Extensive scientific efforts are still needed to develop biological control as an effective solution for practical use in the field. Egg parasitoids of the genus Trichogramma have been mass-released in a inundative strategy with variable results (Castaneda-Samayoa et al. 1993, Hommay et al. 2002, Ibrahim 2004), though they can be frequently found in cultivated and natural environments (Barnay et al. 2001, Ibrahim 2004, Lucchi et al. 2016). The pteromalids Dibrachys affinis Masi and D. cavus (Walker) are gregarious generalist larval-pupal parasitoids of Lepidoptera, Diptera and Hymenoptera that can be readily reared in the laboratory. However, due to the lack of host specificity and because they can also behave as hyperparasites, they have not considered as good candidates for biological pest control. An ichneumonid species, Campoplex capitator Aubert, is known as the most frequent and efficient parasitoid of EGVM in European vineyards. It is a larval parasitoid that has been regarded as the best candidate for future EGVM biological control programs. Substantial releases have not taken place because of the difficulties associated with artificially mass-rearing of the species (Thiéry and Xuéreb 2004).

The limited knowledge of the field efficacy of EGVM natural enemies has recently come to light for the questions raised in this regard by some American entomologists, who persistently questioned the potential of the biological control for EGVM management (Varela et al. 2010). In this respect, there is an urgent need to check the existing literature with the aim to critically revise the taxonomic nomenclature, assigning to each species its valid name and assessing their potential as biocontrol agents.

We fully agree with what was written by William Robin Thompson in the “Catalogue of Parasites and Predators of Insects Pests” (published under his direction in several volumes from 1943 to 1972) concerning the introduction of natural enemies of insect pests accidentally introduced in a new country: “… it is necessary to know the identity and habits for the parasites and predators attacking the pest in its native home. The name and habits of the natural enemies of many pests are recorded in the literature, but it is usually a very difficult and tedious task to assemble the information. A comprehensive list or catalogue of the predators of injurious insects, with the reference to the original papers in which they were recorded is, therefore, one of the fundamental necessities in biological control work.” (Thompson 1943).

Among the difficulties that can arise when compiling these lists, Thompson suggests mainly the “inaccuracy in observation, rearing work and identification contained in the works of former authors, which greatly limits their practical value.” Many past mistakes of unusual parasitoid species associated to EGVM in Italy might be due to a poor lab management of the field collection. We should take into consideration that Catoni (1910-14), Ruschka and Fulmek (1915) and, more recently, Colombera et al. (2001), have proposed lists of parasitoids obtained by clusters where the two vine moths were possibly present, without indicating from which individual each parasitoid was obtained. Nevertheless, it is also true that often the two tortricids may share the same parasitoids (see e.g.: Villemant et al. 2012, tableau 2.9). Those parasitoids have often a fairly broad host range and can attack suitable hosts living in the same environment, on the same plant, and even on the same cluster (Loni et al. 2012, Scaramozzino et al. in press).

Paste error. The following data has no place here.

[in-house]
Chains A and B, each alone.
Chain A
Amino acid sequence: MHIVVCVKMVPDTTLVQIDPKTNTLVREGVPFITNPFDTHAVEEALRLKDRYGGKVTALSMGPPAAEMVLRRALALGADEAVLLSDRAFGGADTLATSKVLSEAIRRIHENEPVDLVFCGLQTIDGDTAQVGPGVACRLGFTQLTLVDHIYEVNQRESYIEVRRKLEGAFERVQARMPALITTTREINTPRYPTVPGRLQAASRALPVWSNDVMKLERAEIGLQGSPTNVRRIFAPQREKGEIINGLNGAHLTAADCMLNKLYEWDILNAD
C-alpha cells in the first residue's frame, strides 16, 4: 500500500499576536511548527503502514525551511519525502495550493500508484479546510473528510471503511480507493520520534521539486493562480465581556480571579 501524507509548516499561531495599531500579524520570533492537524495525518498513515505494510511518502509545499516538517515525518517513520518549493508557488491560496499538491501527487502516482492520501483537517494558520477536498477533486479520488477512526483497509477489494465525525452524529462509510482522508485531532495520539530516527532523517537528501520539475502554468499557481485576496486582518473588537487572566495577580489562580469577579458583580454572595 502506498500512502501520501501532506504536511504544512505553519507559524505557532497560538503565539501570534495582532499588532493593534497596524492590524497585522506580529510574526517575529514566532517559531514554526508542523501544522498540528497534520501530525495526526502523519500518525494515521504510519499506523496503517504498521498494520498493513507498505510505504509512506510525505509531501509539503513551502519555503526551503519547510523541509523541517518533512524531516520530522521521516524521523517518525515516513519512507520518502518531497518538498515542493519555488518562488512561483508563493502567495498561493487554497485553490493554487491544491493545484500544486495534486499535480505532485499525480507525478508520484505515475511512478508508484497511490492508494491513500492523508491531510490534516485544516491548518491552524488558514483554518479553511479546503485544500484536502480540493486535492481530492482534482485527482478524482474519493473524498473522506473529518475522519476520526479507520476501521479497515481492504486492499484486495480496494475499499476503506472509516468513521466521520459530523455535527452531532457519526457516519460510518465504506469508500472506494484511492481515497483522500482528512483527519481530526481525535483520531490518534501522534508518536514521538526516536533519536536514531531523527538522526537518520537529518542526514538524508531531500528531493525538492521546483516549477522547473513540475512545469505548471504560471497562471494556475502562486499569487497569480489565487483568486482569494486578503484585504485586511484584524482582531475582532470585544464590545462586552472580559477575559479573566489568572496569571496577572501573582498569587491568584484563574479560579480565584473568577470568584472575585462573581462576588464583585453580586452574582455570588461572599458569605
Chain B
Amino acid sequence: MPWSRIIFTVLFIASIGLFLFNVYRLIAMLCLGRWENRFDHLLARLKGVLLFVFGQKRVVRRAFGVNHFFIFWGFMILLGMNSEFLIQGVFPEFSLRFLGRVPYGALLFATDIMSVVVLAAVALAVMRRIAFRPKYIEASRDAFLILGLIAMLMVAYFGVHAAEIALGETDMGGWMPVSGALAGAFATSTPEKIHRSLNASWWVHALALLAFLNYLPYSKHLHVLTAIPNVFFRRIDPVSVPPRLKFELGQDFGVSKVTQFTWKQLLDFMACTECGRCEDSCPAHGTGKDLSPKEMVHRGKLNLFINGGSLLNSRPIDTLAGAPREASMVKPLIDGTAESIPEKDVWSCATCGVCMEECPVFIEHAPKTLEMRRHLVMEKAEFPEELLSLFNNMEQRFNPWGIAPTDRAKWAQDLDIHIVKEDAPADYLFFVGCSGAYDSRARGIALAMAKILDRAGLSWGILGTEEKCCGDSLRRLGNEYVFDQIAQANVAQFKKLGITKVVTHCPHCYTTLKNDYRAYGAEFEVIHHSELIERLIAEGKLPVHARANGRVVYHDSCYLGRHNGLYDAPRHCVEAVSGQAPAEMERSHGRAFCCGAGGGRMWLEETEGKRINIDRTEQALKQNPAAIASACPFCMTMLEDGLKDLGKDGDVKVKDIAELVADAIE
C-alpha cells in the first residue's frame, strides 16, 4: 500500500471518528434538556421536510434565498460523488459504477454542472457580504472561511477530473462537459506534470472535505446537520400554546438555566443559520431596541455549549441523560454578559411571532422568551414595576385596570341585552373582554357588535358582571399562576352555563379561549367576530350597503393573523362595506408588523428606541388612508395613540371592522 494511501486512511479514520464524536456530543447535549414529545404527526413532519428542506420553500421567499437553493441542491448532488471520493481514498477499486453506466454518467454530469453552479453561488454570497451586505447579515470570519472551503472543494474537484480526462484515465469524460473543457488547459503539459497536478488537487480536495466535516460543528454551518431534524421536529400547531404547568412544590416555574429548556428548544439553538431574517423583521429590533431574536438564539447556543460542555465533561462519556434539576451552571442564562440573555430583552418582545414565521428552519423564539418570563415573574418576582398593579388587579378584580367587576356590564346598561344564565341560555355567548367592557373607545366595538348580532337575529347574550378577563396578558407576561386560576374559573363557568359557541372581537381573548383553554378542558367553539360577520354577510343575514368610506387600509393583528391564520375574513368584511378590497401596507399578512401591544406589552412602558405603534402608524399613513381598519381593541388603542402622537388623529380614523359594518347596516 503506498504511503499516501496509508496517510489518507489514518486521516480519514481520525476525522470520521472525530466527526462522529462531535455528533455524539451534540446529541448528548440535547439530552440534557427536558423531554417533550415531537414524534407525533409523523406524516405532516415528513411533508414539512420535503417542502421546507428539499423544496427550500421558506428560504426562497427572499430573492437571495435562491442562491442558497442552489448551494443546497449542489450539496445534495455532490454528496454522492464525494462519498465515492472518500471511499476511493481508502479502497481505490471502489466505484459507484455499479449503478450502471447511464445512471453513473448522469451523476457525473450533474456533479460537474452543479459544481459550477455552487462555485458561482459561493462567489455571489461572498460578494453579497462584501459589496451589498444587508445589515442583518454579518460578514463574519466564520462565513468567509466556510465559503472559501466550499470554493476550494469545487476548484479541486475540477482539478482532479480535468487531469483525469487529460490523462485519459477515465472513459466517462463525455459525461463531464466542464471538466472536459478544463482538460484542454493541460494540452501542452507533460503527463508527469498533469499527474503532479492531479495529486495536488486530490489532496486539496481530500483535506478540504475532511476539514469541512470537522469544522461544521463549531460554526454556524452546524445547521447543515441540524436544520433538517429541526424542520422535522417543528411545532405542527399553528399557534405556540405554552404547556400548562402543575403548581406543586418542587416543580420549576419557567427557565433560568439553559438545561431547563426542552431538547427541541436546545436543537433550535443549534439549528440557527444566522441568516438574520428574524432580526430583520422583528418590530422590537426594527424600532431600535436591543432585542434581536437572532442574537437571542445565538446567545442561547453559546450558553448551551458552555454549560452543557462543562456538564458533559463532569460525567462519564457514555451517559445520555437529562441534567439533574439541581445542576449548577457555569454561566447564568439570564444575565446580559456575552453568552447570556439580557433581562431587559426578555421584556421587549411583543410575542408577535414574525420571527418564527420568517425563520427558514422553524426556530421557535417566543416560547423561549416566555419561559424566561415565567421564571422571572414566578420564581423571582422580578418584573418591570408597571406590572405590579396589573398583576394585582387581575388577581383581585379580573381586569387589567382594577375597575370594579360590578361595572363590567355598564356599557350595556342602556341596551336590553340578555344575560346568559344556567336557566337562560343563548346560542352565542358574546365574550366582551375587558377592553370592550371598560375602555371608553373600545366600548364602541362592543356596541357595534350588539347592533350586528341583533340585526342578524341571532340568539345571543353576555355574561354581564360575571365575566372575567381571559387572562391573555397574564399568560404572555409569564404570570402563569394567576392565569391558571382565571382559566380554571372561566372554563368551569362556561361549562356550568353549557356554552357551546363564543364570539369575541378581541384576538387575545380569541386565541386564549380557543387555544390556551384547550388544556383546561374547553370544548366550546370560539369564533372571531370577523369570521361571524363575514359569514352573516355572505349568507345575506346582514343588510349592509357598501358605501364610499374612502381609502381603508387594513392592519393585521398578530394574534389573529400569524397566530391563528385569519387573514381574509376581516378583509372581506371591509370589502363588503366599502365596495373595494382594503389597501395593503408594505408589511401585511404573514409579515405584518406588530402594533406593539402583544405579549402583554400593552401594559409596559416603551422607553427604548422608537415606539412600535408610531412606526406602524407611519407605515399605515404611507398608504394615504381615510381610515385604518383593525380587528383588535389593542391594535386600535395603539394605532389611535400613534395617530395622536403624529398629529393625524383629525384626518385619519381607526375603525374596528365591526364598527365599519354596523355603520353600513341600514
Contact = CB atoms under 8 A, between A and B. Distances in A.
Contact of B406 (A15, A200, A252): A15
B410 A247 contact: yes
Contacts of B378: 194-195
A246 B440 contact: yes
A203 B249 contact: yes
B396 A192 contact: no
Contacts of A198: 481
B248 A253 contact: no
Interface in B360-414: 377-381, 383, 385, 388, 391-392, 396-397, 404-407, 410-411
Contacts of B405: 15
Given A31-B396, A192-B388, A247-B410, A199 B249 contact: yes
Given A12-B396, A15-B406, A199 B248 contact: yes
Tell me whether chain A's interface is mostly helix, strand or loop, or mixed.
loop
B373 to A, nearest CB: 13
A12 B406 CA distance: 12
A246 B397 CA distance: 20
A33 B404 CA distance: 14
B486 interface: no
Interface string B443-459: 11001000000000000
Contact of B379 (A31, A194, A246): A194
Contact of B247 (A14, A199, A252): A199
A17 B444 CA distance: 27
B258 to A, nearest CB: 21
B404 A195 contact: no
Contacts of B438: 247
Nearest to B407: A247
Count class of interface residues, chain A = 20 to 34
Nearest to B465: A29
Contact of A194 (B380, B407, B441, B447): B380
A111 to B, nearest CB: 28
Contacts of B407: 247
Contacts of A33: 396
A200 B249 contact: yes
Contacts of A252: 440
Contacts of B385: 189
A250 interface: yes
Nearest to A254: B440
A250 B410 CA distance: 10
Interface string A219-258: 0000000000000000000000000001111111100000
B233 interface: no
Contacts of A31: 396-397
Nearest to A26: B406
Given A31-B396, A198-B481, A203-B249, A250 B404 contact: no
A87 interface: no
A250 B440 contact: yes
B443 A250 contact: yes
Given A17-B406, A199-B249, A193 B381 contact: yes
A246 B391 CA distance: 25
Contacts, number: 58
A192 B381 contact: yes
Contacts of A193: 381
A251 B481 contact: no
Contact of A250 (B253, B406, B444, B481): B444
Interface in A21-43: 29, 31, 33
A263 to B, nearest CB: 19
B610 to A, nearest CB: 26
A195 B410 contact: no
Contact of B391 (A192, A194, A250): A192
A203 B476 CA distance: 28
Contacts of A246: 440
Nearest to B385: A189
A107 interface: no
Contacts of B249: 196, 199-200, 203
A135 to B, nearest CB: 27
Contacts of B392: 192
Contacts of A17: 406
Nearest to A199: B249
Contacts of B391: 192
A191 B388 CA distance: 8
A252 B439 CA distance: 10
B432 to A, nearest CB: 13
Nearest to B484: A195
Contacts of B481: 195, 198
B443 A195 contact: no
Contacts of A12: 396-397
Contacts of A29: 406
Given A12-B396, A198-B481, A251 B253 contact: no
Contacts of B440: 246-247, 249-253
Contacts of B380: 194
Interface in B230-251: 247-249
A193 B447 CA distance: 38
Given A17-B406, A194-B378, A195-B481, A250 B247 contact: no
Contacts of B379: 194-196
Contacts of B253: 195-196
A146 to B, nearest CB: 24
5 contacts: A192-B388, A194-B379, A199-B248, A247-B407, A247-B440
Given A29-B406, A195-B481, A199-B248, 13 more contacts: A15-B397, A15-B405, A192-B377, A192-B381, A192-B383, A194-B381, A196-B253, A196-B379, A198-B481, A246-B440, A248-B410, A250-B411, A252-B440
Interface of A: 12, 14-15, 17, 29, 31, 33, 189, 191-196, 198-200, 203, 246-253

Over time, the observations and the rearing techniques have been refined and rarely constitute a serious obstacle to this type of investigation. On the other hand, there is still a great difficulty in parasitoid and predator identification, which is intrinsic to the vastness and complexity of the taxonomic groups to which they belong.

This paper deals with Diptera Tachinidae and Hymenoptera Braconidae and aims to be the first contribution of a revised and updated list of the Italian parasitoids of L. botrana.

Materials and methods

Lobesia botrana and its parasitoids in Italy

The Italian records on EGVM parasitoids are a fragmented patchwork. This paper includes data from fewer than half of the Italian regions (nine of 20), and most of these data come from the northern part of Italy (Trentino-South Tyrol 37 species, Veneto 31 species, Piedmont 25 species) followed by Sardinia (22 species) Tuscany (20 species), Campania (19 species), Apulia (7 species), and Sicily and Umbria (1 species). An important part of the information (e.g.: Trentino-South Tyrol, Campania, Tuscany, Umbria and Sicily) comes from works published between the end of 19th and early 20th centuries, and some specific identifications are not responding to current taxonomic criteria, so requiring an accurate revision.

Most of the data result from studies conducted in the vineyards (approx. 85 species recorded in 29 papers) and some from the spurge flax (Daphne gnidium L.) in natural or semi-natural environments (appox. 15 species and 6 papers). In some contributions, mostly focused on general aspects, such as for example the grapevine protection from EGVM attacks, the reports on parasitoids are marginal and not very consistent.